Kevin Yoder

http://voteramsey.com

Recent Republican victories in several special congressional elections – including this week’s in Georgia – have raised doubts about whether Democrats can gain control of the U.S. House next year. To erase those doubts, they’re focusing on several swing districts, including one in Kansas.

Republican Kevin Yoder has represented Kansas’ 3rd Congressional District since 2011.

But for a dozen years before that, Democrat Dennis Moore held the seat.

REP. RUBEN J. KIHUEN/TWITTER

Two Kansas lawmakers say they are okay after reports of a shooting at a congressional baseball practice outside Washington, D.C., Wednesday morning.

NPR reports Louisiana Republican Rep. Steve Scalise, one of his aides, and two Capitol Police were injured in the shooting.

Rep. Kevin Yoder of Johnson County and Rep. Roger Marshall of the "Big First" district in western Kansas are both on the roster for the GOP's team, which was preparing for a charity game.

A Yoder spokesperson tells KCUR the congressman was not at the practice Wednesday.

File Photo / KCUR

Evidence that the wave election Democrats are hoping for in 2018 is brewing can be seen in Kansas’ 3rd Congressional District. It appears there will be competition for the right to challenge Republican incumbent Kevin Yoder.

Iraq veteran and Bronze Star winner Joe McConnell has officially filed for the Democratic nomination. Jay Sidie, the 2016 nominee, is also expected to run.

Kansas News Service/File photo

There’s apparently another early entry into a 2018 Kansas congressional race.

Democrat Jay Sidie lost his 2016 campaign against incumbent 3rd District congressman Kevin Yoder by about 10 points -- but that was much closer than many expected.

Now Sidie has sent out an email fundraising appeal, asking supporters to kick in $5 to a potential rematch with Yoder.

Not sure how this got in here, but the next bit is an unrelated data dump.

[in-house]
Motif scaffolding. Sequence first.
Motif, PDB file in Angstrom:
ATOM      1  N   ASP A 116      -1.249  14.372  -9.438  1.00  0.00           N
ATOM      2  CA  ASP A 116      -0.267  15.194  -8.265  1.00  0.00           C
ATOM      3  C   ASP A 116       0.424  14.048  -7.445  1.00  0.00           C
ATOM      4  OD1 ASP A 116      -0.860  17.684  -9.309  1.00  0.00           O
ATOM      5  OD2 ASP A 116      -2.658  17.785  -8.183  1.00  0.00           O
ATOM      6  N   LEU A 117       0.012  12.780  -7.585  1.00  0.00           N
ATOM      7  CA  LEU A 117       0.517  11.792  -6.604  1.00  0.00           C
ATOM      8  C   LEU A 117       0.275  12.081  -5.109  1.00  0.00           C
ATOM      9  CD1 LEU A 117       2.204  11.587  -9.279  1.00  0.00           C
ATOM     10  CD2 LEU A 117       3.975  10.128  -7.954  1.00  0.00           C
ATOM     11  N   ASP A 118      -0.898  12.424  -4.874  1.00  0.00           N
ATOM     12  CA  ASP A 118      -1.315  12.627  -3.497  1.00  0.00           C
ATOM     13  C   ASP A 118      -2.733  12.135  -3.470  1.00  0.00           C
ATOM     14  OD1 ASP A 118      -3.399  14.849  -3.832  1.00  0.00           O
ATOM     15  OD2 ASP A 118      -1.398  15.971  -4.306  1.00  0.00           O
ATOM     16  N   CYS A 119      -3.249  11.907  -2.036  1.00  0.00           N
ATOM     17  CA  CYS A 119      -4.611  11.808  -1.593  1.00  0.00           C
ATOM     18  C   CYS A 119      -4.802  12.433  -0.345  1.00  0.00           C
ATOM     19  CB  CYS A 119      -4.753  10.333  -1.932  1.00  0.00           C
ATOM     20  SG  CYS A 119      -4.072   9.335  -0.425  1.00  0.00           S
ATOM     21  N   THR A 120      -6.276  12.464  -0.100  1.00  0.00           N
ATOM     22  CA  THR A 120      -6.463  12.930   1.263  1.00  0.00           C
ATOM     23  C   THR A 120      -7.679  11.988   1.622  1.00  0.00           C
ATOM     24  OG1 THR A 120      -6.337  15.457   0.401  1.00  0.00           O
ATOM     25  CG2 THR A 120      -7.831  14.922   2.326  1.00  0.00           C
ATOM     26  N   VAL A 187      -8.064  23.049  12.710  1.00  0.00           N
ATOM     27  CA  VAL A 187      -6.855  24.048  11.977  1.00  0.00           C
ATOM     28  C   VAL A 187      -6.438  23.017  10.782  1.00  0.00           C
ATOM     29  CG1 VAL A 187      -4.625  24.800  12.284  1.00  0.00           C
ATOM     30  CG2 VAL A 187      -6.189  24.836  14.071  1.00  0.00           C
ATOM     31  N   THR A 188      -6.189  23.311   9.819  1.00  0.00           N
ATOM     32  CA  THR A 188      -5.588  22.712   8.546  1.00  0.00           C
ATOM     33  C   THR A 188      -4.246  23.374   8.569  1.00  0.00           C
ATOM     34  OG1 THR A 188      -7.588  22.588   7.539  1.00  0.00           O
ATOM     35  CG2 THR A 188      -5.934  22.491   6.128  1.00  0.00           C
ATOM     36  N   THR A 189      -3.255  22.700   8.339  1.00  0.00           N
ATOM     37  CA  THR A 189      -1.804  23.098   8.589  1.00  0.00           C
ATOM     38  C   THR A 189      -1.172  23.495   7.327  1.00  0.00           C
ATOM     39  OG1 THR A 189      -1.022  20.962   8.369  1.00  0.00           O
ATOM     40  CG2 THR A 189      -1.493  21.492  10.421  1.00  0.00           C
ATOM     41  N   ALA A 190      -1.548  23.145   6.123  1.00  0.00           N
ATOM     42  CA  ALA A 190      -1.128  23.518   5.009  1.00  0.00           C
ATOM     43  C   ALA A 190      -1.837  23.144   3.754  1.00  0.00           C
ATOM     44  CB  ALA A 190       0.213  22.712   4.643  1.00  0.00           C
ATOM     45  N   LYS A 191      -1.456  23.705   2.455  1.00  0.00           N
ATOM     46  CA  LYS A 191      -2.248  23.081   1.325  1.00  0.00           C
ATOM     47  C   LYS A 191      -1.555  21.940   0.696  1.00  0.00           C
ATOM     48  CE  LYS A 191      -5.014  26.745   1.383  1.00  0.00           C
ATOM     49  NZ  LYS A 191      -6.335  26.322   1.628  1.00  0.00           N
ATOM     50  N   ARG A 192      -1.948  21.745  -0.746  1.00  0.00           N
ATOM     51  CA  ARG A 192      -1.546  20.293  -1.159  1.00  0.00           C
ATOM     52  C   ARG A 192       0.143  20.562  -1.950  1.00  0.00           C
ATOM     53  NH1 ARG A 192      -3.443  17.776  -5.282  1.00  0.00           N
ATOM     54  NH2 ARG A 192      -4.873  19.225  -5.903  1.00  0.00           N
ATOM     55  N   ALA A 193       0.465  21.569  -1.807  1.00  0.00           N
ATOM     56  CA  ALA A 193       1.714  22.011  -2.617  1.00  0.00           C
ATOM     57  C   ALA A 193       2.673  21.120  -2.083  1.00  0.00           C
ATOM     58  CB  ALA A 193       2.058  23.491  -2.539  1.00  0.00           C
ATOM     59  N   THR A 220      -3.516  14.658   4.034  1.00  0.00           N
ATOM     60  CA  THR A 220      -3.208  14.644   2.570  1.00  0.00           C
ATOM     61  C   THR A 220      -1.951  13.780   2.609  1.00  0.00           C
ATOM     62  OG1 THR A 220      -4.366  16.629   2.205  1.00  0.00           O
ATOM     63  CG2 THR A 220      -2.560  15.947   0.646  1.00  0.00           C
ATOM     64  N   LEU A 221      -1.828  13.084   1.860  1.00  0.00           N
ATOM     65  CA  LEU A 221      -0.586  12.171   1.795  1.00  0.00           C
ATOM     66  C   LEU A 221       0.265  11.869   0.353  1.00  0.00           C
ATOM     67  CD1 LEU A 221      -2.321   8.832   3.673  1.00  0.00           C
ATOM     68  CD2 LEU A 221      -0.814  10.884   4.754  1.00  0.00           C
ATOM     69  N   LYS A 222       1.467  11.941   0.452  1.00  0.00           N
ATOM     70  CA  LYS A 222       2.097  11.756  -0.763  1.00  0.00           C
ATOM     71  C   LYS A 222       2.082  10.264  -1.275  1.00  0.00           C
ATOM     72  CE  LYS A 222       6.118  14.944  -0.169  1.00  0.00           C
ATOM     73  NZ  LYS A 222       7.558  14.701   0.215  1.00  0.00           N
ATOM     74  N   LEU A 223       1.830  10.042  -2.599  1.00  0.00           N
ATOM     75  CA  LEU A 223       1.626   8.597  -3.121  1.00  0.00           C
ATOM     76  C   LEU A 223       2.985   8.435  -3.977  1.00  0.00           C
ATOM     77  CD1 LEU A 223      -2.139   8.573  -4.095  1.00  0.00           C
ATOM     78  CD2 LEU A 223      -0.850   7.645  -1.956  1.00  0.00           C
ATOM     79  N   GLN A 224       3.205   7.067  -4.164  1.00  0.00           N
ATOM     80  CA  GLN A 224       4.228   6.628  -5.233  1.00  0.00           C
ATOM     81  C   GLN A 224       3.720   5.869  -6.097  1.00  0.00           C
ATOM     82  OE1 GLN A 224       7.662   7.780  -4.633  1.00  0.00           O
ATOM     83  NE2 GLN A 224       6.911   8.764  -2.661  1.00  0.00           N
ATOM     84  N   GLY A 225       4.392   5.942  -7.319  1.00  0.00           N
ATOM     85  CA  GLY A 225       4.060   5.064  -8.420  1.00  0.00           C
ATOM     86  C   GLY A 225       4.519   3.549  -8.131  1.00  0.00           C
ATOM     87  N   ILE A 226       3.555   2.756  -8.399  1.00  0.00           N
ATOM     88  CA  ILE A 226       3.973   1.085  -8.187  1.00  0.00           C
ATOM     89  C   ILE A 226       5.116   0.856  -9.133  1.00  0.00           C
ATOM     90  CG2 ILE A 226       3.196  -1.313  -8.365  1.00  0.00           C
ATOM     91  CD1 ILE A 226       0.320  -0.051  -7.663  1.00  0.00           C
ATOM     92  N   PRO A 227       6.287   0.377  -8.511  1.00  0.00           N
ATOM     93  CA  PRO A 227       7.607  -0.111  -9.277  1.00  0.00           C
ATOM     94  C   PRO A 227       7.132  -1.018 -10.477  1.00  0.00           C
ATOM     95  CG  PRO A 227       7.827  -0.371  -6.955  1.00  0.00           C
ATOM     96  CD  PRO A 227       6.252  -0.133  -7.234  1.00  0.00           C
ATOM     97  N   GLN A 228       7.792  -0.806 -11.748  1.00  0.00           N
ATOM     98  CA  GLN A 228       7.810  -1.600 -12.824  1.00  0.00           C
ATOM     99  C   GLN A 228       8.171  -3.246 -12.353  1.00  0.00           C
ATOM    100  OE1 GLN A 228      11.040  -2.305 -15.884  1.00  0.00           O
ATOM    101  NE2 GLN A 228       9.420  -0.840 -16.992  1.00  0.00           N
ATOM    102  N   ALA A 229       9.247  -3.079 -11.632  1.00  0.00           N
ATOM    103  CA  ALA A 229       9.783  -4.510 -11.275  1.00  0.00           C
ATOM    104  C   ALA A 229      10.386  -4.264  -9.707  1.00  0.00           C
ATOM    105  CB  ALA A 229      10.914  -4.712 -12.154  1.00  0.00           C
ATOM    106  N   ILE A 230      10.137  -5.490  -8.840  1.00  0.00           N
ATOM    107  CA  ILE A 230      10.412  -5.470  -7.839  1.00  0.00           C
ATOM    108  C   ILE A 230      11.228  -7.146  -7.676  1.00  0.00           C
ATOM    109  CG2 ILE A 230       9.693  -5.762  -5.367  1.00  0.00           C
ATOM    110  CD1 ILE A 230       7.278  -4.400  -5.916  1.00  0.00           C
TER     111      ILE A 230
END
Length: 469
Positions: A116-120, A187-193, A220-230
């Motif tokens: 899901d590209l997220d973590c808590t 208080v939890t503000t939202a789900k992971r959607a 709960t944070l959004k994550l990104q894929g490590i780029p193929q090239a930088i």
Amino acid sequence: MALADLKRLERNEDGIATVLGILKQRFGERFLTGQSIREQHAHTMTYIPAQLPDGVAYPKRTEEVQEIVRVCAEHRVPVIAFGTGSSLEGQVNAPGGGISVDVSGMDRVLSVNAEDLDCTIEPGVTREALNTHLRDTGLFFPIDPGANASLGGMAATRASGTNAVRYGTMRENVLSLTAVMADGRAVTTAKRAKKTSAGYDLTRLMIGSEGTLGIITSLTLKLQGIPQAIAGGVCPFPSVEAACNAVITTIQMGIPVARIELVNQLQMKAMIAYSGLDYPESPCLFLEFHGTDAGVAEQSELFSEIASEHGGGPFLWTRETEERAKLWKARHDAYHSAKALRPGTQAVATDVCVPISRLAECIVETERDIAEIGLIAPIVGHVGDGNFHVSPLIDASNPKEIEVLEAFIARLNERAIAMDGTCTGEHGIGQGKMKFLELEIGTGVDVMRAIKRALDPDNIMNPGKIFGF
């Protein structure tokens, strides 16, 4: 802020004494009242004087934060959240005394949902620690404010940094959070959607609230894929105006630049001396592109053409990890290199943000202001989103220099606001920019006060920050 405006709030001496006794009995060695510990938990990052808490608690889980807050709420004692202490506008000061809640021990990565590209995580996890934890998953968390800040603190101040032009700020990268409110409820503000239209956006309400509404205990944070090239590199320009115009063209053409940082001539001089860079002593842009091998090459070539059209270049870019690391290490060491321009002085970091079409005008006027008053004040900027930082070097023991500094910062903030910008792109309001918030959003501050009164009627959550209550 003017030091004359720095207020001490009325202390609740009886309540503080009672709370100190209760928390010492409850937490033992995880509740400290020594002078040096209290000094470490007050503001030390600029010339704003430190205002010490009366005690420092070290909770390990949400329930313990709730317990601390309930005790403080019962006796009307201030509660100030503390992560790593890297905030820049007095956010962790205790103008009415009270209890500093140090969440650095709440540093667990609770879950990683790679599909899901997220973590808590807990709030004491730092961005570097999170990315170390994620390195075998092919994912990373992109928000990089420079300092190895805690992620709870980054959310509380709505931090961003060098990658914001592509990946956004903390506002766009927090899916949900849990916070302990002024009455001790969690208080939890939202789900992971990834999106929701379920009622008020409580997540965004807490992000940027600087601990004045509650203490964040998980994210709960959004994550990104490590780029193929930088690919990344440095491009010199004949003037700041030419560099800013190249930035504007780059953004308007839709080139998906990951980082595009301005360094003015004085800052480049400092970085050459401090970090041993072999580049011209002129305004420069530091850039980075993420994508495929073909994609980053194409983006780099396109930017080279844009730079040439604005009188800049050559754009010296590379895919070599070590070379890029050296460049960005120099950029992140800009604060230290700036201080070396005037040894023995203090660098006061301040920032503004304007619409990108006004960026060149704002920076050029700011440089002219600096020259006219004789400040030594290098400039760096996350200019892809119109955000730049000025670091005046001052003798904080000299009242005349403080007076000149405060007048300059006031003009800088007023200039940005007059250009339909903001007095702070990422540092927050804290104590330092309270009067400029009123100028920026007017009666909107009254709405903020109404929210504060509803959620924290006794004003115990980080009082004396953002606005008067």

Jim McLean / Kansas News Service

Members of the Kansas congressional delegation are under fire — like many of their colleagues across the country — for ducking town-hall meetings with their constituents.

FEMA.gov

An amendment to a bill offered by Republican Kansas Congressman Kevin Yoder could cost some Kansas counties federal funding.

Yoder’s proposal would strip existing Federal Emergency Management Agency grants away from local governments that are not fully enforcing national immigration laws.

Under the amendment, Shawnee, Johnson and Sedgwick counties could all lose a substantial amount of federal money. They would still be eligible for disaster aid.

The all-Republican Kansas delegation in the U.S. House of Representatives was evenly split on the House's budget bill.

Congressmen Mike Pompeo and Tim Huelskamp voted against the bill.

Both said one reason was because it undoes some of the sequestration cuts that took effect earlier this year.

Congresswoman Lynn Jenkins supported the agreement because it cuts long-term spending, and she says there would be increases in short-term spending with or without this bill.